- Patients who have a recent prolonged history of cigarette smoking or symptoms of respiratory dysfunction must have pulmonary function testing with an forced expiratory volume in 1 second (FEV(1)) greater than 60% predicted.
-Active systemic infections, coagulation disorders, contra-indications to receiving interleukin-2 (IL-2) or major medical illnesses of the cardiovascular, respiratory or immune system.
- Patients must have measurable metastatic renal cell cancer and have tumor progression after therapy with interleukin-2 (IL-2).
- Clinical performance status of Eastern Cooperative Oncology Group (ECOG) 0, 1 at entry to the treatment phase of this trial.
- Platelet count greater than 100,000/mm^3.
- Serum alanine aminotransferase (ALT)/aspartate aminotransferase (AST) less than three times the upper limit of normal.
- Serum creatinine less than or equal to 1.6 mg/dl.
- Total bilirubin less than or equal to 1.6 mg/dl or direct bilirubin less than or equal to 0.5 mg/dl.
- Life expectancy of greater than three months.
- At the time of T-cell transfer, the patient must have a T-cell population which has met the attached Certificate of Analysis for tumor recognition and safety testing.
- Any patient receiving interleukin-2 (IL-2) must sign a durable power of attorney.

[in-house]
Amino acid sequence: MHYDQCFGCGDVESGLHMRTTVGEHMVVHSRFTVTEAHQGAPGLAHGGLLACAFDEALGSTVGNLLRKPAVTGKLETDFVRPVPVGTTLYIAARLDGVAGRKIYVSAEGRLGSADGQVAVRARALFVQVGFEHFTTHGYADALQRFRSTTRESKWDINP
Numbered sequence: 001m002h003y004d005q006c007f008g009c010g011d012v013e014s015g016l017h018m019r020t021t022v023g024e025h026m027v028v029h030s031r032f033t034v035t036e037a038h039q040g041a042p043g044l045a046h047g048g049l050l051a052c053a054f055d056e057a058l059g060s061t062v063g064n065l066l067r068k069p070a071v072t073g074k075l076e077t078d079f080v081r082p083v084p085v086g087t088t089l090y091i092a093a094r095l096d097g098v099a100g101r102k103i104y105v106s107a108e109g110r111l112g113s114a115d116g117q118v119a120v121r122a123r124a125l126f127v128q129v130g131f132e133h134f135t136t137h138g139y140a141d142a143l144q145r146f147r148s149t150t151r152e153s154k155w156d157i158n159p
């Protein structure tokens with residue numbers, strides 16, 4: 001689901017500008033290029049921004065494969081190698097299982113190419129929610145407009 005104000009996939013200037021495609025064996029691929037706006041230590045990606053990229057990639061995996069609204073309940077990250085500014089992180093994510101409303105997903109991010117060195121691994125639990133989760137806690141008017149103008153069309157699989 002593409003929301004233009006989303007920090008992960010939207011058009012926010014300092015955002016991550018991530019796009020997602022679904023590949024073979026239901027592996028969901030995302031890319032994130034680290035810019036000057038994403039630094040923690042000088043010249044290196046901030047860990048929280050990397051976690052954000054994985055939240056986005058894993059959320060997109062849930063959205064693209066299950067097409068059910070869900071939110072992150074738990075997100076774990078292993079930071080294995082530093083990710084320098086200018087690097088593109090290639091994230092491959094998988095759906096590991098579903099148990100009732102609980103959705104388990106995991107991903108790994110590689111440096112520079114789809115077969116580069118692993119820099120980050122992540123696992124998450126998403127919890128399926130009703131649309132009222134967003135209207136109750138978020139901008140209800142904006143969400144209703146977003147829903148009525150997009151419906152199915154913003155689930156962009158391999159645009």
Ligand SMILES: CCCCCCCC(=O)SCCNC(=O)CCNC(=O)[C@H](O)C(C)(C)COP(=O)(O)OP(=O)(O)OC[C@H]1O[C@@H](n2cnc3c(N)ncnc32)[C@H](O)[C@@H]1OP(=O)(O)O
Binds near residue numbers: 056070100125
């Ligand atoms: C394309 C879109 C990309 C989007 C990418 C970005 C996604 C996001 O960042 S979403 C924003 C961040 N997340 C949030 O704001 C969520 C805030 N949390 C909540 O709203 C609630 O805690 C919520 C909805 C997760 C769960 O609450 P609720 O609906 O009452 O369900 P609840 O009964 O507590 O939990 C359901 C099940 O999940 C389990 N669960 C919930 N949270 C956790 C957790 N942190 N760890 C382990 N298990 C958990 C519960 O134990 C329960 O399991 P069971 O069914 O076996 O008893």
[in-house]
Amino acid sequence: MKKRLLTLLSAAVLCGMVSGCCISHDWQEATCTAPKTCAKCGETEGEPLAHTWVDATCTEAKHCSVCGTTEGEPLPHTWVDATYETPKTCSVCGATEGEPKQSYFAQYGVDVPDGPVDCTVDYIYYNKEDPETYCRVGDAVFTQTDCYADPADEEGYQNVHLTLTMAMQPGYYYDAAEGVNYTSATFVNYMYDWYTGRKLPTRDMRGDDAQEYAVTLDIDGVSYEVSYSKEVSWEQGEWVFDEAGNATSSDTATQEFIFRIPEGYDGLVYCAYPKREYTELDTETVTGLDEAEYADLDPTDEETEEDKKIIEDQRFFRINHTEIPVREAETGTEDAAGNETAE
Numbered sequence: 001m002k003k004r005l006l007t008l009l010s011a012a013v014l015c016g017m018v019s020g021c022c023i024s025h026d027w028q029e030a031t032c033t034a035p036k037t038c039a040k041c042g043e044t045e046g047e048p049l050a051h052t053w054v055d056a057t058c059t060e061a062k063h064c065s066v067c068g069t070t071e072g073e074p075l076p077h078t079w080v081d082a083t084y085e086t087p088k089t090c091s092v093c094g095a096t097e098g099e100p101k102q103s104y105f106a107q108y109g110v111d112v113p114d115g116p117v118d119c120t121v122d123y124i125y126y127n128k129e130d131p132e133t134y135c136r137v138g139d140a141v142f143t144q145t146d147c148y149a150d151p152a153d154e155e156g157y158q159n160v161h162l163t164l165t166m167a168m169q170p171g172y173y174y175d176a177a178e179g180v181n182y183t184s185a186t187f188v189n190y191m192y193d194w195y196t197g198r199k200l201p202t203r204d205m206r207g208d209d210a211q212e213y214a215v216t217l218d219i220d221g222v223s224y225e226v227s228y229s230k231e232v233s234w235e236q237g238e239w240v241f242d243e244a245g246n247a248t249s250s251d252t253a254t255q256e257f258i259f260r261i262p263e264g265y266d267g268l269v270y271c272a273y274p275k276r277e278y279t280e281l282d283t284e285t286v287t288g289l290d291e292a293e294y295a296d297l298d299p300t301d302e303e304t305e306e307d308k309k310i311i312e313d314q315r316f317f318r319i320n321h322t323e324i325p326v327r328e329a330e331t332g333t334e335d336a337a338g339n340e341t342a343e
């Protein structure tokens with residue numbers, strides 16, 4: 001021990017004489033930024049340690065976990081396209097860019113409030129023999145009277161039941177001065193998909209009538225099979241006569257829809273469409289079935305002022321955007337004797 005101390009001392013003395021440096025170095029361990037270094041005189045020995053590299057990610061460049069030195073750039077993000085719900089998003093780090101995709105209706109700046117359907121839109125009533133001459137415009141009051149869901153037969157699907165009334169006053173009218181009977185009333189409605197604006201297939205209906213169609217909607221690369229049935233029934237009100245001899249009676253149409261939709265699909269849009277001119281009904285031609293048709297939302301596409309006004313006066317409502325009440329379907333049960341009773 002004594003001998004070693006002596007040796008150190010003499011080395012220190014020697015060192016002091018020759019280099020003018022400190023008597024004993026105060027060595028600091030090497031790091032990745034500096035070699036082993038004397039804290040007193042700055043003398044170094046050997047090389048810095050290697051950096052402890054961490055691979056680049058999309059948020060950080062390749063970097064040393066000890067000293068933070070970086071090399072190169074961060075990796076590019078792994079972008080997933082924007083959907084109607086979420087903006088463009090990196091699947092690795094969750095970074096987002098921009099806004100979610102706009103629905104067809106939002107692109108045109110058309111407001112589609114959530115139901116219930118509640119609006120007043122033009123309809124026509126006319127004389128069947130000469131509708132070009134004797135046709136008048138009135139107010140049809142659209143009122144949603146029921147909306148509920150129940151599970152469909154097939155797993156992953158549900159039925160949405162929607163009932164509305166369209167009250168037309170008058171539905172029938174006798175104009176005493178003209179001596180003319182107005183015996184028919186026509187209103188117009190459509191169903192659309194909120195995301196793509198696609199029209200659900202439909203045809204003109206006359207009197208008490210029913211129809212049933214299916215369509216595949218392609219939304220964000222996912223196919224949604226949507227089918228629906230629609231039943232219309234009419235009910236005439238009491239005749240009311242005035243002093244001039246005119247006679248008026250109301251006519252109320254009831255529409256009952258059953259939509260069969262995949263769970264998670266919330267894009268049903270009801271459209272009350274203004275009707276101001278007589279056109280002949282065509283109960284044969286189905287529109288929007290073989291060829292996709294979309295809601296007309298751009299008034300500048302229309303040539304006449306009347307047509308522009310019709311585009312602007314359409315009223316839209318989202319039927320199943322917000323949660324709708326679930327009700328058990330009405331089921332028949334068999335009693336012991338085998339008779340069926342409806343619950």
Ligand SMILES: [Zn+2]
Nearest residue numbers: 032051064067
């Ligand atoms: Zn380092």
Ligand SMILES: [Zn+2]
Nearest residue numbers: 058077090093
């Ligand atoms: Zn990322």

- Male and Female patients must be willing to practice contraception during the treatment phase of this study..
- Patients with asymptomatic brain metastases may be considered eligible.
- Potentially effective therapy for renal cell cancer (RCC) within four weeks of the time the patient receives T-cell transfer (with the exception of local irradiation to non-evaluated sites).
- Requirement for steroid therapy.
- Active systemic infections, coagulation disorders, contra-indications to receiving interleukin-2 (IL-2) or major medical illnesses or the cardiovascular, respiratory or immune system.
- Pregnant patients and nursing mothers will be excluded because of the unknown effects of this therapy on the fetus or nursing infant.
Gender Eligibility: All
Minimum Age: 18 Years
Maximum Age: N/A
Are Healthy Volunteers Accepted: No
- Lead Sponsor
- National Cancer Institute (NCI)
- Provider of Information About this Clinical Study
- Overall Official(s)
- James Yang, M.D., Principal Investigator, National Cancer Institute, National Institutes of Health
Rosenberg SA, Zhai Y, Yang JC, Schwartzentruber DJ, Hwu P, Marincola FM, Topalian SL, Restifo NP, Seipp CA, Einhorn JH, Roberts B, White DE. Immunizing patients with metastatic melanoma using recombinant adenoviruses encoding MART-1 or gp100 melanoma antigens. J Natl Cancer Inst. 1998 Dec 16;90(24):1894-900.